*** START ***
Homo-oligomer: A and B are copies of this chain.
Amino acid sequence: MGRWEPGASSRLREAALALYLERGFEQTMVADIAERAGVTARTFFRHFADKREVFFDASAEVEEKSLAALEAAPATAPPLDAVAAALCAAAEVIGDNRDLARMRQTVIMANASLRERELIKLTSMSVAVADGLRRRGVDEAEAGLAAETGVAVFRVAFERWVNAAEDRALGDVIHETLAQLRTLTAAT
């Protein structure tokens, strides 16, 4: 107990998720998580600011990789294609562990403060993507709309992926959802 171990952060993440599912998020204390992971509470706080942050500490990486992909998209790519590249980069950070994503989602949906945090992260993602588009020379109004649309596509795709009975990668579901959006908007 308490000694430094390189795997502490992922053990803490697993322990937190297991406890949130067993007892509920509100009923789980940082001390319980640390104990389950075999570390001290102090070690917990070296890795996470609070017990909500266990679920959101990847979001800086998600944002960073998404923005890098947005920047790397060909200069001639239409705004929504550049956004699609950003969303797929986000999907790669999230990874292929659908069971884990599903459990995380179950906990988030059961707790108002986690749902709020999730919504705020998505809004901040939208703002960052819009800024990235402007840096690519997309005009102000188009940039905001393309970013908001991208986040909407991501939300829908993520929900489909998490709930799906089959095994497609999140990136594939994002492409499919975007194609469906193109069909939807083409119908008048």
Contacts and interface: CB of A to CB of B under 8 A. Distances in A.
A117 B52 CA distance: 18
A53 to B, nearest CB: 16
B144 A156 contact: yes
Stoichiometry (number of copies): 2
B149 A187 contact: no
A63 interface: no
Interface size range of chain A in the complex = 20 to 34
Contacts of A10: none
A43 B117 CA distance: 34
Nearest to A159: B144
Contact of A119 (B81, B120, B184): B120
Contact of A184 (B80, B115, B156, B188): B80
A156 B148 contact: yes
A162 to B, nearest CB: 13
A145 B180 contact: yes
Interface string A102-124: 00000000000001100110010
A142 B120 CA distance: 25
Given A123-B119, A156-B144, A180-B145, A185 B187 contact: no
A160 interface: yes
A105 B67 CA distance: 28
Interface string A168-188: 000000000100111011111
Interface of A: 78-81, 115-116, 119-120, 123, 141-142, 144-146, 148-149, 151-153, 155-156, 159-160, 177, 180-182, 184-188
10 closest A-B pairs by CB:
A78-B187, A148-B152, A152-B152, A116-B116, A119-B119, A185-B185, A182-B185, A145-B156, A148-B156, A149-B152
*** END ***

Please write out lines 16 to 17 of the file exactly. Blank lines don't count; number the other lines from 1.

Contact of A184 (B80, B115, B156, B188): B80
A156 B148 contact: yes